The day-dwellers of Dalal Street are known to be smart at reading between the lines. In the run-up to the forthcoming budget, the Economic Survey 2017-18 released by the government foresees India’s real GDP growth reaching 6.75% for the year as a whole, rising to 7%-7.50% in 2018-19, thereby re-instating India as the world’s fastest growing major economy.

This projection, along with the positive after-effects of the Goods and Services Tax, was ample reason for the 30-stock S&P BSE Sensex to hit a life-high at 36,443.98, within two minutes of the survey’s release to the general public.

Clearly, the bulls are not willing to be tamed. Not even by the government flagging off concerns about sharply elevated stock prices. “Policy vigilance will be necessary in the coming year, especially if high international oil prices persist or elevated stock prices correct sharply, provoking a sudden stall in capital flows,” the survey highlighted.

The survey elaborated that one eventuality to guard against is a classic emerging market “sudden stall” induced by sharp corrections to elevated stock prices. However, in a self-contradictory tone the survey added, “India’s stock price surge is different from that in other countries but does not warrant sanguineness about its sustainability.”

A three-page note titled ‘Understanding the Stock Market Boom: Is India Different?’, is part of the survey in which the Indian boom is compared to that of the U.S. Quoting the past two fiscal years, the survey highlights that the Indian stock market has soared, outperforming many other major markets. “Since end-December 2015, the S&P index has surged 45%, while the Sensex has surged 46% in rupee terms and 52% in dollar terms,” it says. “This has led to a convergence in the price-earnings ratios of the Indian stock market to that of the US at a lofty level of about 26.”

Yet over this period the Indian and US economies have been following different paths. So what explains the sudden convergence in stock markets?

Before we talk about how the government makes those differences, here's the logic that Fortune India uses to call the comparison between India and the U.S. unfair. Every year , in the flagship Fortune India 500 issue we make a point to look at the three big economic powerhouses – the United States, China and India – through key macroeconomic parameters and of course the 500 aggregates (revenue and profit). Clearly, India is a fraction of the size of the US, when seen through the revenues and profits of the 500 largest corporations of the respective economies.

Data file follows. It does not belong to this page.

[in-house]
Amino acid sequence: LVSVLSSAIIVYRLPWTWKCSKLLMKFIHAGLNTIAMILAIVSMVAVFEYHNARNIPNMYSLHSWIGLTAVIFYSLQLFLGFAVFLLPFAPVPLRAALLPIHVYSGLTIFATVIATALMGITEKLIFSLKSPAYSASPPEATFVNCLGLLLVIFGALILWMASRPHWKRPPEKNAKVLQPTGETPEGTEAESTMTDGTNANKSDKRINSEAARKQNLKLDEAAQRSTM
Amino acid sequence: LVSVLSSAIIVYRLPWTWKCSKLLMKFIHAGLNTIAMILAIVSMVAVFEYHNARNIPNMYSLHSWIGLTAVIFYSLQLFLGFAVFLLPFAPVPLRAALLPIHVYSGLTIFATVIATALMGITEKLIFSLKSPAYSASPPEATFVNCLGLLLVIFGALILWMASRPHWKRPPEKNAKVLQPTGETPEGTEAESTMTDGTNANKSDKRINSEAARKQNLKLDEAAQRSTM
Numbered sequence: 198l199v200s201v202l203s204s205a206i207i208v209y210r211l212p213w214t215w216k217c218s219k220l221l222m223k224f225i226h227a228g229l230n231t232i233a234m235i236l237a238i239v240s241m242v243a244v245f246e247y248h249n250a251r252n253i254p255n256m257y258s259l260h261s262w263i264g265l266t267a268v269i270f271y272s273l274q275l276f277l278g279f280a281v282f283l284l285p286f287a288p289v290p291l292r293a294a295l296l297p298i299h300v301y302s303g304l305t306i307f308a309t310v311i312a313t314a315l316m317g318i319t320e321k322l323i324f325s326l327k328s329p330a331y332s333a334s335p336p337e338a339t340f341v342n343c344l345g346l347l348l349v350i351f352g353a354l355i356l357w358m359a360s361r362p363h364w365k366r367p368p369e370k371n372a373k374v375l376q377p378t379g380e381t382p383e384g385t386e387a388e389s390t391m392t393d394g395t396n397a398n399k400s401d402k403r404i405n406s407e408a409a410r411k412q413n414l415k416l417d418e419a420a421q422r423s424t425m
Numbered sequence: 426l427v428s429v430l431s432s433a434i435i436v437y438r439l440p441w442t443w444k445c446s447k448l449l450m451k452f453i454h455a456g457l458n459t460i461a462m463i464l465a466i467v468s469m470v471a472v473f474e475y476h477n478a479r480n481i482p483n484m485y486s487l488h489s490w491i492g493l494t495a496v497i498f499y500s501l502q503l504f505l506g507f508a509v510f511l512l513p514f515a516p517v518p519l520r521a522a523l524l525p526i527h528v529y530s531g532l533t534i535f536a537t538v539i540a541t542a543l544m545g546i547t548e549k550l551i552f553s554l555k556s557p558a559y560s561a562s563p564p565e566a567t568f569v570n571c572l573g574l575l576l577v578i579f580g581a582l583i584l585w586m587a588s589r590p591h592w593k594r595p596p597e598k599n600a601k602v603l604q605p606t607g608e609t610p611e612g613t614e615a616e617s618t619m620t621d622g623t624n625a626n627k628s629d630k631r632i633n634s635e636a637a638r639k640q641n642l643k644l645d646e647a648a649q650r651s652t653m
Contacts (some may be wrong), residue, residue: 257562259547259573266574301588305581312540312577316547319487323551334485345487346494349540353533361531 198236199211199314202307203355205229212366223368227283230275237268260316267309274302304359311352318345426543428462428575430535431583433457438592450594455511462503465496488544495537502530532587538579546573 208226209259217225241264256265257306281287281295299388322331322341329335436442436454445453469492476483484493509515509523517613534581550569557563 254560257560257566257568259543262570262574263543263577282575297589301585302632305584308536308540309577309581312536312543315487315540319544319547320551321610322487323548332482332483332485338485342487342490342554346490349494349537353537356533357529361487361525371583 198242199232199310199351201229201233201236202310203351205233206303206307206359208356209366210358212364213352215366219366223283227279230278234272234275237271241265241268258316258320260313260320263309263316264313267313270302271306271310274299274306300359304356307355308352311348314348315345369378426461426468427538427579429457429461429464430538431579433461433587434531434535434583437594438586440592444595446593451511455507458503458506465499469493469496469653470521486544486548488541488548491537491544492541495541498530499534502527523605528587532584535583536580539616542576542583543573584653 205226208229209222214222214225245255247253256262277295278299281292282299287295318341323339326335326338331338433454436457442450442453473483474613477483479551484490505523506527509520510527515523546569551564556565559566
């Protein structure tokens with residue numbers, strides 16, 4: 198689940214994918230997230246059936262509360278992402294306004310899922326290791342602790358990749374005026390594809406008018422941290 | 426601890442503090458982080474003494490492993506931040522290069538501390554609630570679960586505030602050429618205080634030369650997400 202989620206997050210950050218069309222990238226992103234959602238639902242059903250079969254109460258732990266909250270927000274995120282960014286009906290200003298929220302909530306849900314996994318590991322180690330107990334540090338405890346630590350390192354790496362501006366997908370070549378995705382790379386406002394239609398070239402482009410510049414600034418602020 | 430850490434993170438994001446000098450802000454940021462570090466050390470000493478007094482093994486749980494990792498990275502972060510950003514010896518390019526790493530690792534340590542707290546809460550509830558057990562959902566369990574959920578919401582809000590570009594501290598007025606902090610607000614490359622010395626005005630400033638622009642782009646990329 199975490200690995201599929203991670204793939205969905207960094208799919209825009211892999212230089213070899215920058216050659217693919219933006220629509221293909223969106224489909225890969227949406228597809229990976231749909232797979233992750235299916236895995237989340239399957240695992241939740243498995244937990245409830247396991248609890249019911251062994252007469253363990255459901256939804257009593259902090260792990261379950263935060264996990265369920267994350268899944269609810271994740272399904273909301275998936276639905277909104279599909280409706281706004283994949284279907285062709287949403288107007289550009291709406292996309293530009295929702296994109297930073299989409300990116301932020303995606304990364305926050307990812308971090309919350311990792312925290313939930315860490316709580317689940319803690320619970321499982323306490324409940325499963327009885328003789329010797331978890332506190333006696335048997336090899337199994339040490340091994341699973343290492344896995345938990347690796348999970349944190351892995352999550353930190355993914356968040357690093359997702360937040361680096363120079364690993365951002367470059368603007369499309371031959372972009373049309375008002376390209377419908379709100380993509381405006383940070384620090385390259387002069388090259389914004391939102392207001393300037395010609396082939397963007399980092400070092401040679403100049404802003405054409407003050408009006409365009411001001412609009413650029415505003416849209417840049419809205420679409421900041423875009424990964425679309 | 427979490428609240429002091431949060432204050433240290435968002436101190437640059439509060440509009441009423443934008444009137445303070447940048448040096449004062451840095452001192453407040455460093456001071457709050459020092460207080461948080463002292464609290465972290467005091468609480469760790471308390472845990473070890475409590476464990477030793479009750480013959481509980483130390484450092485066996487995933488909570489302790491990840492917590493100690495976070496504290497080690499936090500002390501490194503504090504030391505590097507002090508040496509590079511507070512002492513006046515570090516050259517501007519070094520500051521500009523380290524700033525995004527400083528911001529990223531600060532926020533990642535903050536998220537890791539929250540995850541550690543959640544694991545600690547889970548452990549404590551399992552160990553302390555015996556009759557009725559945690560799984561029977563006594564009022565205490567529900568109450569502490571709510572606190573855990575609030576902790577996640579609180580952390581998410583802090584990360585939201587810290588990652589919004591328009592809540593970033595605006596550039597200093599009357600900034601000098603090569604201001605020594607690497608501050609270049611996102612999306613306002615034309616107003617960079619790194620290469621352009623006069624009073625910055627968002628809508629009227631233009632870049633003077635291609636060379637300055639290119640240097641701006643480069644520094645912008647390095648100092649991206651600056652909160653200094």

Here's how the government views these differences - One, the stock market surge in India has coincided with a deceleration in economic growth, whereas in the U.S. Two, India’s current corporate earnings/GDP ratio has been sliding since the global financial crisis, falling to just 3.5%, while profits in the U.S. have remained a healthy 9% of GDP. “Moreover, the recently legislated tax cuts in the United States are likely to increase post-tax earnings,” the survey says. Finally, and most critically, real interest rates have diverged substantially. Rates in the U.S. have persisted at negative levels, while those in India have risen to historically high levels. “Over the period of the boom, United States real rates have averaged -1.0%, compared to India’s 2.2%, a difference of 3.2%,” according to the survey.

What then explains the stock market convergence? Two factors seem to be at work, the survey points out. First, expectations of earnings growth are much higher in India. “Indeed, it was such expectations that lie at the origin of the stock market boom,” the survey points out. In early 2016-17, signs emerged that the long slide in the corporate profits/GDP ratio might finally be coming to an end. Investors reacted to this news with alacrity, bidding up share prices in anticipation of a recovery they hoped lay just ahead. Accordingly, the ratio of prices to current earnings rose sharply. By 2017-18 signs began to accumulate that the profit recovery was not obviously around the corner. But at that point a second factor gave the market further impetus. That factor was demonetisation.